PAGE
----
Nutrition and Women's Health
Rapid growth during adolescence, menstruation and the demands of pregnancy and lactation can result in an increased risk of low levels of nutrients such as iron, folic acid and calcium. Surveys of nutritional status frequently demonstrate chronic shortages of these nutrients, not only in a woman's earlier years but extending through into later life. Low-energy diets, slimming re-gimes, eating disorders and the increasing number of vegetarians make women even more vulnerable to nutritional inadequacies.
The importance of iron
Women of childbearing age have increased iron needs and hence are at risk of iron-deficiency anaemia. It is important for them to eat those foods that are not only rich in iron but are also eaten in significant quantities and from which iron is reasonably well absorbed. Haem iron from haemoglobin, present in meat and meat products, is well absorbed. Sources of non-haem iron include green vegetables, baked beans, peanuts and fortified breakfast cereals. Dietary sources of vitamin C are also significant because they improve the absorption of non-haem iron.
Folic acid and pregnancy
All women of childbearing age who are capable of becoming pregnant should also consume additional folic acid every day for the purpose of reducing the risk of having a pregnancy affected with spina bifida and other neural tube defects. Folate requirements increase substantially during pregnancy, and it is generally recommended that women of childbearing age should consume an extra 400 mg of folate daily from supplements, fortified foods, or both, in addition to consuming folic acid from a wide variety of foods, including offal and raw green leafy vegetables.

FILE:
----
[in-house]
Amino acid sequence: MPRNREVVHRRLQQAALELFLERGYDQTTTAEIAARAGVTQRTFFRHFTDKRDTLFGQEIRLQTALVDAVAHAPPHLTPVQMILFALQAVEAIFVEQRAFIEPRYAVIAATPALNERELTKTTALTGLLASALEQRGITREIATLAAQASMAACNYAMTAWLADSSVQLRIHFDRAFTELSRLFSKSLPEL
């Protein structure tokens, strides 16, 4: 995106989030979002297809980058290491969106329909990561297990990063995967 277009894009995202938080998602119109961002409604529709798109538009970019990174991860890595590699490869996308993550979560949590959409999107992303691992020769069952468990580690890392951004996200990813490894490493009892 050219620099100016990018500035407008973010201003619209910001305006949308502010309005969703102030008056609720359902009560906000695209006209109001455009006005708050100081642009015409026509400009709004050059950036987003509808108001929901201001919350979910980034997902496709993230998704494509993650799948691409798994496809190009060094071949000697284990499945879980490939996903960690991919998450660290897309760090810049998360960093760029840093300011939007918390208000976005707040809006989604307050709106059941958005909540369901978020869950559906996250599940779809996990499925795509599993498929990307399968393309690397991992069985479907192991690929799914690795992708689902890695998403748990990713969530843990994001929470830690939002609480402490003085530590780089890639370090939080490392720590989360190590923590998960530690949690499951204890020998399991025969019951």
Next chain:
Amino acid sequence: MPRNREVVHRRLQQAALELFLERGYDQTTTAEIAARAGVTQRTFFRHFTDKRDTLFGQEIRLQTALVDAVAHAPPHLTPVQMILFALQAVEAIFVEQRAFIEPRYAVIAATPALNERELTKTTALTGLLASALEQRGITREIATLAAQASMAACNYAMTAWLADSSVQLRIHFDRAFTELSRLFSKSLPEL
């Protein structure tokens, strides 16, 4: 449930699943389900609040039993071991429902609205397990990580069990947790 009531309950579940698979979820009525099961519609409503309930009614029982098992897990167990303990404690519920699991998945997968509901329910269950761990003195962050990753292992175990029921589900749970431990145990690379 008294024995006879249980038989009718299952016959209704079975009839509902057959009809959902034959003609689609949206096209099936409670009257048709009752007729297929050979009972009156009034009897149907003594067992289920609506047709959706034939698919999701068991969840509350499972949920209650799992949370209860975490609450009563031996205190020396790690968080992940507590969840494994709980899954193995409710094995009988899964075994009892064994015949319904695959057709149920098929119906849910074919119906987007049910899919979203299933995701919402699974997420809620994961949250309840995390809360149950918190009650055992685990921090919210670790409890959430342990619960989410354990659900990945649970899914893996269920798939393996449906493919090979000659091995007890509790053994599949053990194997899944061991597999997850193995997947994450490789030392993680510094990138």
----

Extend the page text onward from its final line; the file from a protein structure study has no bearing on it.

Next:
Calcium for strong bones
Calcium is an important factor in bone mineralisation and skeletal development during growth, and the main sources are milk, cheese, yoghurt and green vegetables. Already it is apparent that some young children and adolescents seem to reduce their intake of calcium just at a time when their need is greatest, and the impact on bone health is compounded by a decline in physical activity. Along with other nutrients such as folic acid, vitamins B6, B12, C and D, which help build up the framework of bone onto which the calcium deposits, there is a need to ensure optimal calcium nutrition at this time of skeletal development as well as during the pre- and post-menopausal states. The decreased oestrogen production in menopausal women is associated with accelerated bone loss and osteoporosis in women after their fifth decade. During this time, women lose on average about 3% of their skeletal mass per year.
With rising life expectancy exceeding that of their male counterparts, women can expect to reach the age of 80 or more, and since the age of menopause has not greatly changed, a woman can anticipate spending 30 years-nearly one third of her life-in a post-menopausal state. It is therefore essential to promote positive nutrition practices, by encouraging a varied and balanced diet among women throughout all their life stages to ensure their own health and well-being, as well as that of their offspring.
-- The Nutrition Society (1997) Symposium on nutritional issues for women. Proceedings of the Nutrition Society 56 (1B), 291-391.
-- The Lancet (1997) Women's health. The Lancet 349 (supp. 1), 1-26.
-- National Dairy Council Nutrition Service (1996) Nutrition and women's health. Fact File no. 13. NDC, London.Aggett, P. (1995)
-- Iron and women in the reproductive years in British Nutrition Foundation: Iron, nutritional and physiological significance. Task Force Report, 110-118. Chapman and Hall, London.
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